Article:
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Assad takes oath for new term, vows to fight 'economic war'

President Bashar al-Assad addresses the audience at the presidential premises after taking the oath of office in Damascus, July 17, 2021. (Photo by SANA)

President Bashar al-Assad has taken the oath of office for a fourth term in war-ravaged Syria, after taking 95 percent of the vote.

Assad was sworn in on the constitution and the Qur'an in the presence of more than 600 guests, including ministers, businessmen, academics and journalists at the presidential premises in Damascus on Saturday.

The president addressed the audience, hailing the Syrian nation for standing for their rights and defending the country against foreign conspiracies.

"Through your awareness and national zeal, you have proven that the people's determination in defending their rights won’t weaken no matter what the colonists have cooked up for Syria," he said, referring to the US and its allies.

"They have sought to stir the chaos that burns our homeland, but through your national unity, you have shot the coup de grace at the projects that targeted the homeland," he added.

President Assad touched on foreign efforts to devise a new constitution for Syria, saying those efforts "continue until today" and are pushed by some agents who try to put Syria at the mercy of foreign powers.

"However, these attempts have failed by virtue of the Syrian people’s resilience," he added.

President Assad addresses the audience at the presidential premises after taking an oath of office. 

President Assad stressed that stability of Syria is the top priority and anything that affects it and the country's safety is absolutely rejected.

He also renewed his amnesty for those who have turned against the government by helping a foreign-backed sedition in Syria.   

“I repeat my call on all those who have been deceived and bet on the collapse of the homeland and on the fall of the state to return to lap of the homeland because the bets have fallen and the homeland has remained."

Assad also reiterated “our trust in our army that it will achieve liberation even if it takes a while… and our belief in ourselves, our history and our civilization".

"This trust has achieved the impossible, and this is what we need today to confront the economic war," he said.  

Amid the ferocious war, Syria has been slapped with a series of sanctions by the US and the Europeans, which have further harmed the Syrian people.

Assad touched on the country's pressing challenges, citing electricity shortages. He said the country's priority is to invest in diversifying its energy resources.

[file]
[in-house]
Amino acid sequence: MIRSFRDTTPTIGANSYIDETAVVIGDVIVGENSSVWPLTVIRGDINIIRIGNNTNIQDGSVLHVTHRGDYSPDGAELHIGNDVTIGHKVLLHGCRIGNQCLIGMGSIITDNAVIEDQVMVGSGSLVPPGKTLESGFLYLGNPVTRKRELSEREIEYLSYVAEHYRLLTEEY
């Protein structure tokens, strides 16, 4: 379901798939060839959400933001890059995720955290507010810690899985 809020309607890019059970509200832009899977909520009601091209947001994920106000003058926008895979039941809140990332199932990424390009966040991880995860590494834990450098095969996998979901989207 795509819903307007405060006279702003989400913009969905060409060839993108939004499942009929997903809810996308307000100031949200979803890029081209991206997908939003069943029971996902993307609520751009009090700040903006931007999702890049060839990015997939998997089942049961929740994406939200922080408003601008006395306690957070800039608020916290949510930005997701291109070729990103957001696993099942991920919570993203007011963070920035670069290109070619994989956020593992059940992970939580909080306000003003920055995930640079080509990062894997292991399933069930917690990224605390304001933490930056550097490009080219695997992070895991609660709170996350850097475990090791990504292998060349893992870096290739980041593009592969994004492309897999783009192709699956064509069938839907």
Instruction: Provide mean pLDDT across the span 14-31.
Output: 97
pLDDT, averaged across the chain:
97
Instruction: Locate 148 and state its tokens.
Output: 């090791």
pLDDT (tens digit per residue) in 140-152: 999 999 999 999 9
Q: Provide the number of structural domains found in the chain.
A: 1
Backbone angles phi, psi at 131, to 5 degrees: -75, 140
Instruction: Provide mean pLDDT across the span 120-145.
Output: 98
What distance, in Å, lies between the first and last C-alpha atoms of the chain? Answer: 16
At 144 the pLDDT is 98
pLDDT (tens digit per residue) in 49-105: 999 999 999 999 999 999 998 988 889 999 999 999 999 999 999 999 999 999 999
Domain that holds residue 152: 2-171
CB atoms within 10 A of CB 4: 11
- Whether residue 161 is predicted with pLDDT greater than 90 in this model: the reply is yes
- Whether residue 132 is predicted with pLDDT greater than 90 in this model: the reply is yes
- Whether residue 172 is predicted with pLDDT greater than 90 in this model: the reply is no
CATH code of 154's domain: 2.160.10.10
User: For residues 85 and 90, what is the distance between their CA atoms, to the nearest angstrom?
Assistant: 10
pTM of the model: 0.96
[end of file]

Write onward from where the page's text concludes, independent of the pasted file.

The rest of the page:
Syria's national power grid has been decimated by years of foreign-backed war on the country, leaving millions grappling with serious shortages.

President Assad said the Syrian people who have been through a fierce war and regained most of their lands are certainly able to build their economy under the most difficult circumstances, with the same will and determination.

The country is struggling to return to normalcy after liberating most of its territories from the clutches of the most ruthless militant groups in living memory.

However, some swaths of land occupied by US, Turkish and other foreign forces remain in the hands of militants.

US troops are based in a part of Syria which constitutes the breadbasket for about 60 percent of the Arab country's grains. The territories are also home to some of the country's hydrocarbon wealth which is reportedly being looted by the Americans.

Many other countries, however, have already started normalizing relations with the Syrian government.

The Financial Times said this month that some European countries are warming their ties with Syria after President Assad won the May 2021 presidential election.

Cyprus, it said, is moving into a new embassy in Damascus, and Serbia is set to send an ambassador to Syria.

The British newspaper said while such “small steps” are unlikely to be followed by EU’s juggernauts France and Germany any time soon, they “make clear the challenge the bloc will face as the situation in Syria normalizes over time”.

Laure Foucher, a senior analyst at Crisis Group who focuses on Europe and the Middle East and North Africa region said such moves by fringe states are “weakening the EU position”.

Some Arab states have also been seeking reconciliation with Damascus since the government forces gained the upper hand against the foreign-backed terrorists.

In 2018, Bahrain and the United Arab Emirates reopened embassies, which had been closed soon after anti-government militancy began in Syria in 2011.

Oman reinstated its ambassador to Syria last October, becoming the first Persian Gulf Arab state to do so.


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